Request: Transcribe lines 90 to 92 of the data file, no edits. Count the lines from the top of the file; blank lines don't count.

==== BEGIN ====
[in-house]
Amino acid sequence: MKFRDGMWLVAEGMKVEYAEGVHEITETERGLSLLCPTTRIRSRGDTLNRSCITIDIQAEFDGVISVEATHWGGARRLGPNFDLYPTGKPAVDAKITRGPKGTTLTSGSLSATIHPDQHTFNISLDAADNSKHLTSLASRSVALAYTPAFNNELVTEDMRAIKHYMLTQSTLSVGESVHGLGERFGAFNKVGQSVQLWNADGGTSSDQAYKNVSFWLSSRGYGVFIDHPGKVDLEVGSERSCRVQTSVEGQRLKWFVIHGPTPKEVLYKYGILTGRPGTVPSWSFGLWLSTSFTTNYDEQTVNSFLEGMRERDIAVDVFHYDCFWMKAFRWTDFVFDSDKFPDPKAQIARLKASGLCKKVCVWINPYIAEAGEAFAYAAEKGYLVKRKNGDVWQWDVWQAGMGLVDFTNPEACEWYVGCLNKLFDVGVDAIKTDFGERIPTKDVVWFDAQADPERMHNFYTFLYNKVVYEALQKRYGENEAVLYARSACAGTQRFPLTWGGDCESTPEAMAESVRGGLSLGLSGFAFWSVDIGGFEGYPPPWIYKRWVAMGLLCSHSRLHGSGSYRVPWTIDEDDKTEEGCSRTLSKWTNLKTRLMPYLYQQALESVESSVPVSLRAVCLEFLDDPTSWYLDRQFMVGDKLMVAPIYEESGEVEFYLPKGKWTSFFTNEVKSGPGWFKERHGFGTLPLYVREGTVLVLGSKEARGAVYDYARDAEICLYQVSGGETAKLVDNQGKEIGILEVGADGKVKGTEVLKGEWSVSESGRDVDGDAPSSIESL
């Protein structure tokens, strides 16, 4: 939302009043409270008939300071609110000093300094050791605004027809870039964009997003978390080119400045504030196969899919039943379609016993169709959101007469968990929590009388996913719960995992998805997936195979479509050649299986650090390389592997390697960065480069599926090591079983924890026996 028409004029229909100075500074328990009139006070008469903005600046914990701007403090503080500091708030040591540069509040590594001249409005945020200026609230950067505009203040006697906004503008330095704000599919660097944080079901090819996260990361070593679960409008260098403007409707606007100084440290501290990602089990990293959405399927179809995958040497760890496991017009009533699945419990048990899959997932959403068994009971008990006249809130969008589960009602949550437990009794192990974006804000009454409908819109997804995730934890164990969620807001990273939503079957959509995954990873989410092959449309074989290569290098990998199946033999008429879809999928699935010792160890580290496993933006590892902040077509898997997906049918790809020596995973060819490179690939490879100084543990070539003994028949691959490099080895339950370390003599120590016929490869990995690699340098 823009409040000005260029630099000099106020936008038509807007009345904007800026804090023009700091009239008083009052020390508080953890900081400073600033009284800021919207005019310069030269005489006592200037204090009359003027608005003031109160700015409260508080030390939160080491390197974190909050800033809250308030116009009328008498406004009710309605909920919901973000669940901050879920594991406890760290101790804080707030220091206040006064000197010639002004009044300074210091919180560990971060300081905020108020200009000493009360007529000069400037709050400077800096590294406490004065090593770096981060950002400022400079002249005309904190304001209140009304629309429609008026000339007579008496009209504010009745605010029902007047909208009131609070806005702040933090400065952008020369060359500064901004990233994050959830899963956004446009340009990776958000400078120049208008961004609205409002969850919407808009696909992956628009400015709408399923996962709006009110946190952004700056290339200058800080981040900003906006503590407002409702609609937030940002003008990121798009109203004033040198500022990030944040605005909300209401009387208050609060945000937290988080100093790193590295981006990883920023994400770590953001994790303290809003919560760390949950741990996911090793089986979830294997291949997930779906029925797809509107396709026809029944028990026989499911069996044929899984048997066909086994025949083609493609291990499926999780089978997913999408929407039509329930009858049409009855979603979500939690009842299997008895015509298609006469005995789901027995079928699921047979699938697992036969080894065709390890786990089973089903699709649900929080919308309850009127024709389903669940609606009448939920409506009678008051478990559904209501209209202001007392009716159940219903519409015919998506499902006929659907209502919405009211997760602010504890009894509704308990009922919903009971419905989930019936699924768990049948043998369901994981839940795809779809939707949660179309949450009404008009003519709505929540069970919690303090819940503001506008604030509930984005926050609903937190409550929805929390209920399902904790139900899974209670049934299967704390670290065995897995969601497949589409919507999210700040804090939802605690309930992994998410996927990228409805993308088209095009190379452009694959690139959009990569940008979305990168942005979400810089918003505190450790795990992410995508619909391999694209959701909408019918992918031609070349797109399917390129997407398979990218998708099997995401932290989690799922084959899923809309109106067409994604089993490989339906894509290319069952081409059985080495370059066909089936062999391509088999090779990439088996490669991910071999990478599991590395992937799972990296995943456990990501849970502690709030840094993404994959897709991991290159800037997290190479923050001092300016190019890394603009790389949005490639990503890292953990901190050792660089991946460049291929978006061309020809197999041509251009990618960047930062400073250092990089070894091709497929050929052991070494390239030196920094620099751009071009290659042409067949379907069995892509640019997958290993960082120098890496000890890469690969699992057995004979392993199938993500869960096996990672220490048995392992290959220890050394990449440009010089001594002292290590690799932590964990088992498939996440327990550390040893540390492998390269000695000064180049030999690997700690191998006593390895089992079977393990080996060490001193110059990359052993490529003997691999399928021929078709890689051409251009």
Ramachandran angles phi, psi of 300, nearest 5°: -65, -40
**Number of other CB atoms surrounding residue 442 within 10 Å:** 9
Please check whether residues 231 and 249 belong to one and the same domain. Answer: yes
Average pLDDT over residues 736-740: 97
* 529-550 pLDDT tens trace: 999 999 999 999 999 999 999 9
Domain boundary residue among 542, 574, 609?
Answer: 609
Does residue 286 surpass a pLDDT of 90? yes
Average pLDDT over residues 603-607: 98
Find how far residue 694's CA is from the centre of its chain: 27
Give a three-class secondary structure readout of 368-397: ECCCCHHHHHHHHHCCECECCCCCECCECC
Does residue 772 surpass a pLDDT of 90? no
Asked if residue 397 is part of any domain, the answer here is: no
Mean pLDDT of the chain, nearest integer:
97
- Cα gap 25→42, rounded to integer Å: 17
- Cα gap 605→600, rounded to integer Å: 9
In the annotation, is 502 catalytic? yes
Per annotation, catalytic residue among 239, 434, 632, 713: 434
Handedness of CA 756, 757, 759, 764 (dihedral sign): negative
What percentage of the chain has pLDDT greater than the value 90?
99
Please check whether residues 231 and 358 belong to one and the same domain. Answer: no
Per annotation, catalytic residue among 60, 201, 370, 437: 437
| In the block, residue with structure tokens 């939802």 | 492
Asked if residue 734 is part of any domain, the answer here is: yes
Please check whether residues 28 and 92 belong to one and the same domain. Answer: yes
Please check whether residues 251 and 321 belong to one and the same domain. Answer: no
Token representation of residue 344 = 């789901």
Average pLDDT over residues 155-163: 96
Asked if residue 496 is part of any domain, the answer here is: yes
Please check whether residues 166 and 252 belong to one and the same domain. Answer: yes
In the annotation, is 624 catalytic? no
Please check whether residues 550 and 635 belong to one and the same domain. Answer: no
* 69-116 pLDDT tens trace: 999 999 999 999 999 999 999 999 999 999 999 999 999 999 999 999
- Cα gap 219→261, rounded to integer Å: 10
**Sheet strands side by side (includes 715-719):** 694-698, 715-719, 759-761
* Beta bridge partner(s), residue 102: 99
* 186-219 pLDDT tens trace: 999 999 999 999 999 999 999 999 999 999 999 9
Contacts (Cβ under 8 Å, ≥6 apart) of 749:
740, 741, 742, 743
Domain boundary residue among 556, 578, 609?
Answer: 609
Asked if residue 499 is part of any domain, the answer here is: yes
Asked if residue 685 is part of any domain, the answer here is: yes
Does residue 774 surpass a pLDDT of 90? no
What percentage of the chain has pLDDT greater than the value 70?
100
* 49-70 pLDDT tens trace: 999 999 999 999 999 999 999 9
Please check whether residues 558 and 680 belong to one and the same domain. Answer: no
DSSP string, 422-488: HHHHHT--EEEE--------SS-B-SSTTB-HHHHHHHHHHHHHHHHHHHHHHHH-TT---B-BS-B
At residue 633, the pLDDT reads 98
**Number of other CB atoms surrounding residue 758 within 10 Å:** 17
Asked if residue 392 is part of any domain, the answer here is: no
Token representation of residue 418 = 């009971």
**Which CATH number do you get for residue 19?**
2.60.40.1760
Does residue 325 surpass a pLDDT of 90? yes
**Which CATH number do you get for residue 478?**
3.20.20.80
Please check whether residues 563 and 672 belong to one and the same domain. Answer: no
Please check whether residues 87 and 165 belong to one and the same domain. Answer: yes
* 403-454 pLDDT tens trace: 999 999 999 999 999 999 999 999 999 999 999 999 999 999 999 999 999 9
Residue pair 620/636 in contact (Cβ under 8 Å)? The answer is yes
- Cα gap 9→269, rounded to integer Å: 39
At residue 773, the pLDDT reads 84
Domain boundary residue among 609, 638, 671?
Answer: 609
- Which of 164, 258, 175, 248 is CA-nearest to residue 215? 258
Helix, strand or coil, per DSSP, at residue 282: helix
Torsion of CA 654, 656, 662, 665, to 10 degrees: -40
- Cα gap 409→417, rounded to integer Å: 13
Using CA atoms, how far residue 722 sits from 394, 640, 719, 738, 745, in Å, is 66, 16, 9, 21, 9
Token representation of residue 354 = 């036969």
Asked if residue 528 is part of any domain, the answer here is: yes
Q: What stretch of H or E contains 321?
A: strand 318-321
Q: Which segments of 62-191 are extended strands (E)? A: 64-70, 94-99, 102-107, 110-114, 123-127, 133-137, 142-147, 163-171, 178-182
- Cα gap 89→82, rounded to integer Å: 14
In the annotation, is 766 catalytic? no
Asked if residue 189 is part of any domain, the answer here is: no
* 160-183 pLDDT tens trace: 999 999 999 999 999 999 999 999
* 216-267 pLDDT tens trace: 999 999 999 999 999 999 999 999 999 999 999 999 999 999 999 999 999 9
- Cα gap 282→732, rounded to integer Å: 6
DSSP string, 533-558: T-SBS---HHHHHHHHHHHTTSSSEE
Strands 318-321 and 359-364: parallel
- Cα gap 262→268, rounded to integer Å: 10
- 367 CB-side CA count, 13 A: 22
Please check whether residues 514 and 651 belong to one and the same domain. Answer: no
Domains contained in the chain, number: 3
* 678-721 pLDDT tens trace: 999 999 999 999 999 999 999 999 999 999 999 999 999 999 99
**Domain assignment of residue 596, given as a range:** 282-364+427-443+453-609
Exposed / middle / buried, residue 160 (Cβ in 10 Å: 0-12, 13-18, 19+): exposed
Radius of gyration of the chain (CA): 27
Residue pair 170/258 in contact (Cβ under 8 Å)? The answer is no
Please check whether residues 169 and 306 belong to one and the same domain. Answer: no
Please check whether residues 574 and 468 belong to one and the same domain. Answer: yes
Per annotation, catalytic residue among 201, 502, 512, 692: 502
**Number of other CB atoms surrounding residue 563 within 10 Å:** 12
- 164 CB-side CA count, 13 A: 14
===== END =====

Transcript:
- Cα gap 262→268, rounded to integer Å: 10
- 367 CB-side CA count, 13 A: 22
Please check whether residues 514 and 651 belong to one and the same domain. Answer: no